“Their use clearly has the potential to give those communities most affected by crime a greater voice in the criminal justice process.”

Michael Connolly would welcome community impact assessments

Michael Connolly would welcome community impact assessments

It’s a view strongly supported by Michael Connolly – a survivor of abuse in Donagh who has given up his anonymity to encourage other sex abuse survivors to come forward.

In a statement he said: “The introduction of impact statements will be a useful tool in building a strong relationship between communities, their leaders and law enforcement agencies.”


It is a relatively new concept in criminal justice. In the past it has been used in health and environment where there is a need to provide planning and risk managment. It is a report – one which considers the impact of offences in a wider context – focussing on the effect of crimes on a community. It’s obvious value is where there have been, for example, car crimes or a spate of violent attacks on elderly people in a particular area.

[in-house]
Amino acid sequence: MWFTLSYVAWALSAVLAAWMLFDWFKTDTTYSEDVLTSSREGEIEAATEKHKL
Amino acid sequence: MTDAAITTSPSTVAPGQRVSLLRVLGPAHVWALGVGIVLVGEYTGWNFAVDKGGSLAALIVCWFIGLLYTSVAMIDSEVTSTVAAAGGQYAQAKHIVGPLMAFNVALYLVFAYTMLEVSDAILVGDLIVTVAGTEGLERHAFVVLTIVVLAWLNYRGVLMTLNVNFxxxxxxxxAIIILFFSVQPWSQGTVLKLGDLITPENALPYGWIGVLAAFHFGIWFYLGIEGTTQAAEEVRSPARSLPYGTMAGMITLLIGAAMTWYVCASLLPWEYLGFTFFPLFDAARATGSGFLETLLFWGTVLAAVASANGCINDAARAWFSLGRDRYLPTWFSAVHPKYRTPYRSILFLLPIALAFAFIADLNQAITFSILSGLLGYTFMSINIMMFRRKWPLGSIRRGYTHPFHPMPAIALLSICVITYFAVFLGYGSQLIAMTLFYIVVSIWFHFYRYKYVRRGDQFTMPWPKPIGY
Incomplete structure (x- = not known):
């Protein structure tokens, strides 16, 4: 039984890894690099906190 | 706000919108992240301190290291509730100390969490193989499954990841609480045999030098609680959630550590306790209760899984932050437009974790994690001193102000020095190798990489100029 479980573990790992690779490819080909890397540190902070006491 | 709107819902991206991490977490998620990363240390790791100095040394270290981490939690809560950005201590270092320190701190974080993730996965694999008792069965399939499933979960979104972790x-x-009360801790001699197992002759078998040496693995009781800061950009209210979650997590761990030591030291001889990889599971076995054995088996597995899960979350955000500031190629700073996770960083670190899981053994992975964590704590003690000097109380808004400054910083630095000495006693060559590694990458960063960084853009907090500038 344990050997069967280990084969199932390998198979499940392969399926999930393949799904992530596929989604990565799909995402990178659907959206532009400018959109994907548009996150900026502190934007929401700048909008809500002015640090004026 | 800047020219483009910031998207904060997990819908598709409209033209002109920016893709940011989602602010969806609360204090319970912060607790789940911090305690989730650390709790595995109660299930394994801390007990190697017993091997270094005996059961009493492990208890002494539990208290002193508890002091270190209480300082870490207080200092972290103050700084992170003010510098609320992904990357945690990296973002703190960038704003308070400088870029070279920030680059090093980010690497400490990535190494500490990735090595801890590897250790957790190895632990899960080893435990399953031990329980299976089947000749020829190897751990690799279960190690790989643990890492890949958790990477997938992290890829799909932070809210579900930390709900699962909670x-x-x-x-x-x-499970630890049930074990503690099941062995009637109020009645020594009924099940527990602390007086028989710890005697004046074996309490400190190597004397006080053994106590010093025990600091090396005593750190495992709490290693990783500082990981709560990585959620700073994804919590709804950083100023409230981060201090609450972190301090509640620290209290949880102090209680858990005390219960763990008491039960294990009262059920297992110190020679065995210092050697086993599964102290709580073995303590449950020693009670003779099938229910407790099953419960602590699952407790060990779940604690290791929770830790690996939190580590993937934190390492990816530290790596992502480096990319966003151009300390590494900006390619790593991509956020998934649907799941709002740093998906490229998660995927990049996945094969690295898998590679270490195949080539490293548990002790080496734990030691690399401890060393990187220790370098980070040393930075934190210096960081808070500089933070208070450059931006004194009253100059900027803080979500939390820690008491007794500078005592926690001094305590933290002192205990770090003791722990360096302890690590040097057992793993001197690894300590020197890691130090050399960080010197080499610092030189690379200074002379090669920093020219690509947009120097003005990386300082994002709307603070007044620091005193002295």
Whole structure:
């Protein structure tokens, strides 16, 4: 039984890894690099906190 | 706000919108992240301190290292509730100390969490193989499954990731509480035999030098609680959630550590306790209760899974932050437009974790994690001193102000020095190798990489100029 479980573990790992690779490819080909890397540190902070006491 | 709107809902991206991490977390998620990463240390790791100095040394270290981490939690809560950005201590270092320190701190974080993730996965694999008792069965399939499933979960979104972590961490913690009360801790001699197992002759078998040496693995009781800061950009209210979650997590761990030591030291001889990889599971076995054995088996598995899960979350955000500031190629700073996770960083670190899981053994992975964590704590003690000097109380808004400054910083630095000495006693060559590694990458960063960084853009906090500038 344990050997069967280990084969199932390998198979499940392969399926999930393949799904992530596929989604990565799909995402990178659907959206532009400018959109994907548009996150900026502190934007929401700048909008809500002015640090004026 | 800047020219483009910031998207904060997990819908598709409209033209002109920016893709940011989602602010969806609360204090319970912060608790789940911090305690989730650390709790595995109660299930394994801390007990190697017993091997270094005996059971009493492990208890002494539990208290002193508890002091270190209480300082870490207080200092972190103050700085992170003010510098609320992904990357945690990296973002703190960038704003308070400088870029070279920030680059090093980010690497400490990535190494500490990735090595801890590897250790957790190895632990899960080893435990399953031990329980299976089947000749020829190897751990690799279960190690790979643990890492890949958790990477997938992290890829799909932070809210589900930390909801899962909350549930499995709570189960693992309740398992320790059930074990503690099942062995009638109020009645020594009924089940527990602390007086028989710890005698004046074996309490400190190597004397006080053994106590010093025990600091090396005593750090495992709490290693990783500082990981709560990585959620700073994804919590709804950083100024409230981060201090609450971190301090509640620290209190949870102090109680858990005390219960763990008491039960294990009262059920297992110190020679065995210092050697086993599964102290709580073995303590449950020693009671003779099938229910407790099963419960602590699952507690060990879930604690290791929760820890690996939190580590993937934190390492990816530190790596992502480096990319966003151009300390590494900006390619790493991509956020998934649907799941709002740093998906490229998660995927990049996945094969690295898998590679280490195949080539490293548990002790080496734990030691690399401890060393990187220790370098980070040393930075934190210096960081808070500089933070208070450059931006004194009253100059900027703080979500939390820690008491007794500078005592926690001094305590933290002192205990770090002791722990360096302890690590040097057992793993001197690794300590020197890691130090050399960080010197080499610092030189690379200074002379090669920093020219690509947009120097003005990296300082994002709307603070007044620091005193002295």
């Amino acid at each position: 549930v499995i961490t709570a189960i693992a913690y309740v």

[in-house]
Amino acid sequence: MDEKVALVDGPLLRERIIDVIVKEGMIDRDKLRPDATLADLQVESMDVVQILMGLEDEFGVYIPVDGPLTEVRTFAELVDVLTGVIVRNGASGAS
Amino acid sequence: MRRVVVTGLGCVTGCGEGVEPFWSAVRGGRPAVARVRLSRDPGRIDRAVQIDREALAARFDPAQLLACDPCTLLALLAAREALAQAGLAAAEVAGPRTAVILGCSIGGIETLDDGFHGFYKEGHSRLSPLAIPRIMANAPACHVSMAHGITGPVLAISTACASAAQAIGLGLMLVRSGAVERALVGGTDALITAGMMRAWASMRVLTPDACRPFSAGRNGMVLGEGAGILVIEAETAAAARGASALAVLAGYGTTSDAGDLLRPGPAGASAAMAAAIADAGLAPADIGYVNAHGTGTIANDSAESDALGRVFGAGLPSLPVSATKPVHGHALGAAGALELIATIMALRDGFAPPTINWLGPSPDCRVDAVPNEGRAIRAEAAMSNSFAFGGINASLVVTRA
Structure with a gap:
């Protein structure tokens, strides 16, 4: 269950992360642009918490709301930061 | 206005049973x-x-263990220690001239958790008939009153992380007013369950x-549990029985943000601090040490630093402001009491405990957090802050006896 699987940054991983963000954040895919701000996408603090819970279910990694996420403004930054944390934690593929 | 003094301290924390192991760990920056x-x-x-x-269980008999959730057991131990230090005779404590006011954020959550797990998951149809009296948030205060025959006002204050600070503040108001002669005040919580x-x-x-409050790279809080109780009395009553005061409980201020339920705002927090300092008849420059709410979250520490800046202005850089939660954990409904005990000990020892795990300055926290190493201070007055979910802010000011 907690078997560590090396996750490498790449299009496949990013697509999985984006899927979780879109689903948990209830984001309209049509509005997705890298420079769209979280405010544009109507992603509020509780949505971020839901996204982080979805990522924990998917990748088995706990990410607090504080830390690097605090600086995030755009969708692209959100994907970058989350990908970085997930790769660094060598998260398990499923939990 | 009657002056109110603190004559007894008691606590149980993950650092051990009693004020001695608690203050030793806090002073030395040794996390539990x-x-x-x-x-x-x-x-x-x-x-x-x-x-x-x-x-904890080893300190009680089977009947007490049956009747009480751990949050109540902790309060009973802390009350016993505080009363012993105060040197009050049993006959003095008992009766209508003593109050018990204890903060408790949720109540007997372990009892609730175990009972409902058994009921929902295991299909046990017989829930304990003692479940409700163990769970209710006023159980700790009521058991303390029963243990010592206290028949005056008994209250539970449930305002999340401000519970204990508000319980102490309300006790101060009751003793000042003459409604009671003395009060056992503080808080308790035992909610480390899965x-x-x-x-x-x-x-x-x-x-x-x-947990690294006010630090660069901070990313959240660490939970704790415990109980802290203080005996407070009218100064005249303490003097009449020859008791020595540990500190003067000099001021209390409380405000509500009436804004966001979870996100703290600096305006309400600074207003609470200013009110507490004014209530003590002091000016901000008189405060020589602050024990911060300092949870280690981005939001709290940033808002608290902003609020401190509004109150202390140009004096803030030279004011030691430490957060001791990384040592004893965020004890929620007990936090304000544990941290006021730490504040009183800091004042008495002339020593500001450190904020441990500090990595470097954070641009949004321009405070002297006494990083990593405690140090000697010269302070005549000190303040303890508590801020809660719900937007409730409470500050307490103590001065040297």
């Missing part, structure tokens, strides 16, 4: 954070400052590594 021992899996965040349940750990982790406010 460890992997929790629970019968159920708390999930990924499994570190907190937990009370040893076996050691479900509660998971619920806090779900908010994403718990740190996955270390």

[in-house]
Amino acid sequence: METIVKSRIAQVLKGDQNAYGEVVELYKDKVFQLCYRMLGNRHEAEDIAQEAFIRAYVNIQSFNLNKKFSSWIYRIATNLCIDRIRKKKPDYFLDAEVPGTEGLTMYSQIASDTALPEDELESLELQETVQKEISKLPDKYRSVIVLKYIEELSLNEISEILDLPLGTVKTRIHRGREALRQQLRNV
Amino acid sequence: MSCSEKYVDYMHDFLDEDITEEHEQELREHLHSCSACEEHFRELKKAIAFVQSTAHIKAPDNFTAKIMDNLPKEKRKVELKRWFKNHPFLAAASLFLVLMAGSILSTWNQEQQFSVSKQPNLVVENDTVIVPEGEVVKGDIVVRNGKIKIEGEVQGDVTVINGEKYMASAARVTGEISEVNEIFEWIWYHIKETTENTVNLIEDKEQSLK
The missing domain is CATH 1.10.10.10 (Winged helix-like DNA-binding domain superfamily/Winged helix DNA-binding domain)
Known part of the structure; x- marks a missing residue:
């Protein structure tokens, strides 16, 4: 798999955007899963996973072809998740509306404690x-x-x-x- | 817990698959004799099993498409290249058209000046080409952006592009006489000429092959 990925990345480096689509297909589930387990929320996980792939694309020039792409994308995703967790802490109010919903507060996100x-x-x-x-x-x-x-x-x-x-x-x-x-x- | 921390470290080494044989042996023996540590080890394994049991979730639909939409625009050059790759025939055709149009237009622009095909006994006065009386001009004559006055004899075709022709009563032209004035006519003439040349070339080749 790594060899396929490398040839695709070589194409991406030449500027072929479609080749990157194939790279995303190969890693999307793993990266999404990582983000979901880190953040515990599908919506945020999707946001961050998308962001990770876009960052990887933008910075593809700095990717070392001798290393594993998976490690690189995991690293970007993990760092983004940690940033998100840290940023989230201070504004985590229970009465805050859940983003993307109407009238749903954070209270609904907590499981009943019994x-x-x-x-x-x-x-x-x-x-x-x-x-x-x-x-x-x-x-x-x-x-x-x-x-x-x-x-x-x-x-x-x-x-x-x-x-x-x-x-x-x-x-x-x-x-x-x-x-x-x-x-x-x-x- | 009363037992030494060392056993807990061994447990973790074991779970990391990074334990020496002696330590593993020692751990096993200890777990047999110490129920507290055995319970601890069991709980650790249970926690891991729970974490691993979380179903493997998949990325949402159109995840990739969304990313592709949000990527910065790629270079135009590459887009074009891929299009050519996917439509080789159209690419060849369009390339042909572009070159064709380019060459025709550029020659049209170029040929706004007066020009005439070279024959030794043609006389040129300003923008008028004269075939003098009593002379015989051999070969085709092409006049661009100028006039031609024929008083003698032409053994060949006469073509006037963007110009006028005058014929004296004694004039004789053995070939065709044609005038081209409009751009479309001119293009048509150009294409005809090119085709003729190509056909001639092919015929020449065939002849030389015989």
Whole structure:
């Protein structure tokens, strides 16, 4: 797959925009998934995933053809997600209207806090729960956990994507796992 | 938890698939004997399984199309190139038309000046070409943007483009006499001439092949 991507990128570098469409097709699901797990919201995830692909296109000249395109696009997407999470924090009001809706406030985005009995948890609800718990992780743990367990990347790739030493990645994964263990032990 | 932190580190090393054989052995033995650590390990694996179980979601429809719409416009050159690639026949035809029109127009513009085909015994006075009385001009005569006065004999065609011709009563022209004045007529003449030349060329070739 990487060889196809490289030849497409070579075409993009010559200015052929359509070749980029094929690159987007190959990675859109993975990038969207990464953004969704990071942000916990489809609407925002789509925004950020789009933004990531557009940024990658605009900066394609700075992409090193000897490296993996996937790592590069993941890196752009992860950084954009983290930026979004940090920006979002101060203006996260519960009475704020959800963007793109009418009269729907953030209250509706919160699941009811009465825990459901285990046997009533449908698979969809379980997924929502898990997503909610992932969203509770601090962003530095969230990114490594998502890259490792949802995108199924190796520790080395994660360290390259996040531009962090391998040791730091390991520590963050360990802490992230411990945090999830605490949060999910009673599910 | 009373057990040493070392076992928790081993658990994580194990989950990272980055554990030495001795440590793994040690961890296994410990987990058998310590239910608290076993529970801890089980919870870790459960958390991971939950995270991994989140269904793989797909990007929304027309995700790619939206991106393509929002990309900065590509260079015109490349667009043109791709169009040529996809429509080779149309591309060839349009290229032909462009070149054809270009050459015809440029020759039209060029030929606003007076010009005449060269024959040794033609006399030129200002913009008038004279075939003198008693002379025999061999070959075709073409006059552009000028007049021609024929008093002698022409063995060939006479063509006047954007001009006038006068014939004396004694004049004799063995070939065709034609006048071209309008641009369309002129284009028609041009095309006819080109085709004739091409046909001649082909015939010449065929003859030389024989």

Community impact assessments do not replace the individual victim impact statments and reports. The two can run together.


The Justice Department considered five different options.

Option A – Maintain the status quo

This option would incur no financial costs to the criminal justice agencies and would not require additional legislation or guidelines. Although doing nothing might be seen as having a negative impact on public confidence.

Option B – Introduce Community Impact Assessments universally

The main risk with this option is the potential for a major paper trail that could slow down further the wheels of justice by putting greater pressure on those responsible for delivery. This option would require legislation.

Option C – Produce a Community Impact Statement to accompany all Victim Impact Statements/Reports.

The current work by the Department of Justice on the use of Victim Impact Statements and Reports may provide a pathway for the inclusion of a Community Impact Assessment as part of a wider Victim Impact Scheme.

There’s a risk of creating conflicts of interests when it comes to individuals and communities. Who should have primacy? And there is a substantial cost implication as well as a need to require legislation.

Option D – Develop Community Impact Assessments in specified circumstances